Commemorating Fair Housing Month

Each April, the nation recognizes Fair Housing Month to mark the passage of the 1968 Fair Housing Act, the landmark federal law that bans housing discrimination based on race, color, national origin, religion, sex, disability, and family status. Earlier this month, HUD Secretary Shaun Donovan launched this year's commemoration of Fair Housing Month at an event featuring the new film "A Matter of Place," which documents three personal stories of housing discrimination in New York City.

Underwritten by a grant provided under HUD's Fair Housing Initiative Program, the film profiles three examples of housing discrimination based on race, sexual orientation, and source of income, and features commentary from legal experts, civil rights advocates, and fair housing testers.

In addition to federal fair housing requirements, the law in approximately 20 states, the District of Columbia, and more than 150 cities, towns, and counties across the nation also prohibit discrimination against lesbian, gay, bisexual, and transgender (LGBT) individuals and families. In addition, 12 states and the District of Columbia, as well as several counties and municipalities protect persons against housing discrimination based on their source of income.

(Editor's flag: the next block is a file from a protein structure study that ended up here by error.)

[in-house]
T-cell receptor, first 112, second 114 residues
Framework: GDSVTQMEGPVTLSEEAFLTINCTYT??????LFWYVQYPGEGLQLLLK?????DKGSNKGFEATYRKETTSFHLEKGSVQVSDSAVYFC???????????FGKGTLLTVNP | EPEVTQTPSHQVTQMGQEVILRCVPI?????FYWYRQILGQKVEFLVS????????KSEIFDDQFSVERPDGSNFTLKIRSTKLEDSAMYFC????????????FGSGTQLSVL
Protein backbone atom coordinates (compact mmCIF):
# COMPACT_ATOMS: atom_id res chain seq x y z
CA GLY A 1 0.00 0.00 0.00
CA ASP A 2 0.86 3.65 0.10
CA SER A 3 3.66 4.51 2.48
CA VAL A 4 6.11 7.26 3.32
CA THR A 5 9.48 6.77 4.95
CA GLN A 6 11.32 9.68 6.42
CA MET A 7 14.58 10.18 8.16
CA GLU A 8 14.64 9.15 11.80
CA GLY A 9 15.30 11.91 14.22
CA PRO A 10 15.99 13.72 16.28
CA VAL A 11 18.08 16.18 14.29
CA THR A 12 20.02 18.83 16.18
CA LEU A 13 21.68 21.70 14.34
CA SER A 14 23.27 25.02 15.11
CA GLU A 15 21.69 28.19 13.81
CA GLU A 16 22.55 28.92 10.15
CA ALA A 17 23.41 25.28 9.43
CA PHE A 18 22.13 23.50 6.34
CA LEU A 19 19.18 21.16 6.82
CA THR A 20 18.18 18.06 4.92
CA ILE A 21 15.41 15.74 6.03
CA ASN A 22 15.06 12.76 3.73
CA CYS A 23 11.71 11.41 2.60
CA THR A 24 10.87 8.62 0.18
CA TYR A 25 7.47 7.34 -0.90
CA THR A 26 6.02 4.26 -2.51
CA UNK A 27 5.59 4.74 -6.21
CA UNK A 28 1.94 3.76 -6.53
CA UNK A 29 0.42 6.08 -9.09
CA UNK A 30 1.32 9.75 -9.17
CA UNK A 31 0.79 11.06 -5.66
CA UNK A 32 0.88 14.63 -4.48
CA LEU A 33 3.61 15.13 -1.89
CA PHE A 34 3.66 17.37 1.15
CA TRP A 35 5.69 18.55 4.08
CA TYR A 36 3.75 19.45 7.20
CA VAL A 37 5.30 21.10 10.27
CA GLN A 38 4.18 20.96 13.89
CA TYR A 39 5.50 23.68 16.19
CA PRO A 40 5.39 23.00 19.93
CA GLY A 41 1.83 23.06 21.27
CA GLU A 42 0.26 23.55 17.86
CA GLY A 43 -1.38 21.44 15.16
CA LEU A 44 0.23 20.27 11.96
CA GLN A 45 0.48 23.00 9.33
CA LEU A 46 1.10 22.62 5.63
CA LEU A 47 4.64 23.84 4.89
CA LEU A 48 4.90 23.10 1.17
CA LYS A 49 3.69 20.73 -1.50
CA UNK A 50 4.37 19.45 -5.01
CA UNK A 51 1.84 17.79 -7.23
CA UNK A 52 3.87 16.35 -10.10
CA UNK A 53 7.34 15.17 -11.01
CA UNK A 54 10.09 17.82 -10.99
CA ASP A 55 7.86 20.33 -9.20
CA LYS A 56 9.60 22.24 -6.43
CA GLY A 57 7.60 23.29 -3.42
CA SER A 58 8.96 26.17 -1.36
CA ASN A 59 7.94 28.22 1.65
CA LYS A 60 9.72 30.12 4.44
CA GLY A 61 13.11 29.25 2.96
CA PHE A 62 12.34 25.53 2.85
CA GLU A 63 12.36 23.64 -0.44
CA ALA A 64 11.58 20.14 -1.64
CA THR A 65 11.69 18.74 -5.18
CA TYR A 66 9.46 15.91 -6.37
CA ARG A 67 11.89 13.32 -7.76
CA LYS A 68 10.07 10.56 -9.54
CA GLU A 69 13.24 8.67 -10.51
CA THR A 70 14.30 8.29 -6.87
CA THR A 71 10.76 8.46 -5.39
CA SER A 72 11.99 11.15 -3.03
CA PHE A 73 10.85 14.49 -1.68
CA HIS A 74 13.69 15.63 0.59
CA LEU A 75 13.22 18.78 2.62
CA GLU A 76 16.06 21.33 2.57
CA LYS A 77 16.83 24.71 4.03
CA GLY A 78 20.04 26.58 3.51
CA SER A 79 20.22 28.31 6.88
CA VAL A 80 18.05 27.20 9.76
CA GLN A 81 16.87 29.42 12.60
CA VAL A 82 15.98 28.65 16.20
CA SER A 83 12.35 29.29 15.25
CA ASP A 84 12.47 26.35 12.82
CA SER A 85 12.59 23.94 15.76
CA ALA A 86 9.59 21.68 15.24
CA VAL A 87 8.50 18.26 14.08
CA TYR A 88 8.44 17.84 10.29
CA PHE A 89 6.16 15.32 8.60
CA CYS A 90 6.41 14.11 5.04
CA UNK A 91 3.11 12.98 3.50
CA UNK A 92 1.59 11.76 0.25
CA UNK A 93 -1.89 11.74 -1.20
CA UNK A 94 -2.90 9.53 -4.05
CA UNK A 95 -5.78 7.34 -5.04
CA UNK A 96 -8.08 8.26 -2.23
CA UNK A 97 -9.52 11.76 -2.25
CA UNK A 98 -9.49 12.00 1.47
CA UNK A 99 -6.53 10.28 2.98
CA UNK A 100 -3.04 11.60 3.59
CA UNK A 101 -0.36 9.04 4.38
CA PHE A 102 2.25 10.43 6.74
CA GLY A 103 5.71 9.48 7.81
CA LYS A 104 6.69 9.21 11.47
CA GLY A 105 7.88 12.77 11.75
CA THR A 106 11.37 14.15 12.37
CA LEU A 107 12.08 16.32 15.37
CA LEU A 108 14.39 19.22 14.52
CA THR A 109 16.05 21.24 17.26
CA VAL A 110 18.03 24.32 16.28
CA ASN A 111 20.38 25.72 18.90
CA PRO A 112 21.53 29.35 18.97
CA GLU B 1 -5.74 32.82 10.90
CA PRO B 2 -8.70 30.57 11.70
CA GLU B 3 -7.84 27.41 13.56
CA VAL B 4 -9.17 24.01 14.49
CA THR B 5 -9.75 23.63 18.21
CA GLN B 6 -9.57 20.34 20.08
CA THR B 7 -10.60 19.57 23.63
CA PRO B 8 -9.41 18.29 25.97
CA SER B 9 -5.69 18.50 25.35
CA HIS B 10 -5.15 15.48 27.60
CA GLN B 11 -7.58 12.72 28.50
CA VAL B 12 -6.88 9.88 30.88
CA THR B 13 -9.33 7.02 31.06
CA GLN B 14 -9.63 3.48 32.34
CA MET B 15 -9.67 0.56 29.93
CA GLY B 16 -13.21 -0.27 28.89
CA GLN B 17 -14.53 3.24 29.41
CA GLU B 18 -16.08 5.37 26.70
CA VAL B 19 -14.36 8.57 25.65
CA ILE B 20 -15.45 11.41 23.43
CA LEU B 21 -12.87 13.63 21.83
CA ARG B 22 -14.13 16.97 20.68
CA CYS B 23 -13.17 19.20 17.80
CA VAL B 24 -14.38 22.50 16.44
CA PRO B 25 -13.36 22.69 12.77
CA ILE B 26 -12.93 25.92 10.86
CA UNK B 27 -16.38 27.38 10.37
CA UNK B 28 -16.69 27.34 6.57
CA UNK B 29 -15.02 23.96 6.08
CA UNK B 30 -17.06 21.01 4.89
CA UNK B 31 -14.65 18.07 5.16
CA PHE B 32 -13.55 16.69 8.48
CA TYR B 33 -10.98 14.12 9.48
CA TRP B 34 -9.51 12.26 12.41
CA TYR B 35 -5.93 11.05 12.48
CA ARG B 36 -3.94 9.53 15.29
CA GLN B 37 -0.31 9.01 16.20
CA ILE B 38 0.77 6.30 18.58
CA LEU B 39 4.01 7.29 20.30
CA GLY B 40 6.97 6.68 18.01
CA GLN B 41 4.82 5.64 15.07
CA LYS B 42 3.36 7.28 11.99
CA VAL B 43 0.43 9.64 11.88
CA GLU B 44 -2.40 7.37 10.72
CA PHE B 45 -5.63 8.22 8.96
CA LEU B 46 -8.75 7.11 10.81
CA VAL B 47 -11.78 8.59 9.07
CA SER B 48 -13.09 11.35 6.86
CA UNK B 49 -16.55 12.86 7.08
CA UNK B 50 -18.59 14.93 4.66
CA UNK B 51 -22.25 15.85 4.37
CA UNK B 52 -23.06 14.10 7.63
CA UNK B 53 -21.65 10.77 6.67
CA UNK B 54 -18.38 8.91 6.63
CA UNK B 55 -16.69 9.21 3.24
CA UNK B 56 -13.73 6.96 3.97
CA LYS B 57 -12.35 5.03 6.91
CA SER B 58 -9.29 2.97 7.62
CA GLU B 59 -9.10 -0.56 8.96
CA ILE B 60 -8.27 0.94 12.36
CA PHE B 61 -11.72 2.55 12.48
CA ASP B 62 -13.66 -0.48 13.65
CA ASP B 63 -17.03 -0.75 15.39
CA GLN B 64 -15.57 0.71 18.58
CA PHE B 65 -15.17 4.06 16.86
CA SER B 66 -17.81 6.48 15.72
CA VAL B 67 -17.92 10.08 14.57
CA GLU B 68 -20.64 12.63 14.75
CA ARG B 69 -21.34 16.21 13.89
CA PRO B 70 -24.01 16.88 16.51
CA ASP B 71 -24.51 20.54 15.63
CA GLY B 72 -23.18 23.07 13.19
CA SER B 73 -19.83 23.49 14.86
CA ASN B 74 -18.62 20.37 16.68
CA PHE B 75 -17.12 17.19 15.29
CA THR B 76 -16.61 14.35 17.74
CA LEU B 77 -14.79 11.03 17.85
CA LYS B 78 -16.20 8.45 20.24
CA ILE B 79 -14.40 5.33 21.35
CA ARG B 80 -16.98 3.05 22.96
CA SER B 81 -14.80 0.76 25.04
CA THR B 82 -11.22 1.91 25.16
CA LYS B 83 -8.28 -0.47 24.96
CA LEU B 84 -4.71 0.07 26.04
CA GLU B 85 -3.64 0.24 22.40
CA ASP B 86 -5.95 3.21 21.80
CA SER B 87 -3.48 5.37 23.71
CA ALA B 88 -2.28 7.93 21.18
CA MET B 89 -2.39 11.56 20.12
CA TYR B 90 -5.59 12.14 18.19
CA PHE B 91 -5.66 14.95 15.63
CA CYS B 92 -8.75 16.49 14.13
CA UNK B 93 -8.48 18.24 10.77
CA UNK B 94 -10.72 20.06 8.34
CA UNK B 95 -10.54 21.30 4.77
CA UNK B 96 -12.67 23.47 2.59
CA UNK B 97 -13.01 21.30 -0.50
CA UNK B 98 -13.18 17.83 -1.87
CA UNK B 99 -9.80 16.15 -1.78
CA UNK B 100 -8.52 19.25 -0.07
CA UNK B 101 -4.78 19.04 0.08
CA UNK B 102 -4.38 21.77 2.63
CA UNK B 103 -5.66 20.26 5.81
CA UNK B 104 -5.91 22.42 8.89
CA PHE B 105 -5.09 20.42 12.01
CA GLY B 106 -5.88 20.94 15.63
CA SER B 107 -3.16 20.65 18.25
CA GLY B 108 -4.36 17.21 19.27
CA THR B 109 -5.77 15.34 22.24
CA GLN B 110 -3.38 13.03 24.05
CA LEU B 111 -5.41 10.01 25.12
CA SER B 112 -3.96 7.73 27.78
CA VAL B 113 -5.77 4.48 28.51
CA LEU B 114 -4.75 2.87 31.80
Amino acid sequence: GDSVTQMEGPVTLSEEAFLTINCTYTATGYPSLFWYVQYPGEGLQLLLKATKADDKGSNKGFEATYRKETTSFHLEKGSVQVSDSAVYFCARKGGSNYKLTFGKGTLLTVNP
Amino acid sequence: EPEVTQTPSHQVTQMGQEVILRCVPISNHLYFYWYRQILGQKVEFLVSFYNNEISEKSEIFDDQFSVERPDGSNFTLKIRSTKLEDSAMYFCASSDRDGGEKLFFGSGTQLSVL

"This month is an opportunity to recommit to the principle that fair housing is an essential part of everything we do; every grant we make; every building we build; and every community we work with," Secretary Donovan said in a statement. "And we will go to the mat in order to ensure the right of every American to fair housing. Although the times have changed, our commitment to this work remains as strong as ever. It is at the core of our mission."

As public officials and fair housing organizations redouble efforts to crack down on housing discrimination, it’s more important than ever to make sure that your community complies with all federal, state, and local fair housing requirements. You can reduce your risk of expensive fines or lawsuits from fair housing violations with a subscription to Fair Housing Coach, a digital training resource with clear, plain English explanations of the law together with helpful case study examples to share with staff. If you’re not already a subscriber, consider taking advantage of our 20 percent discount offer, available through April 30, here.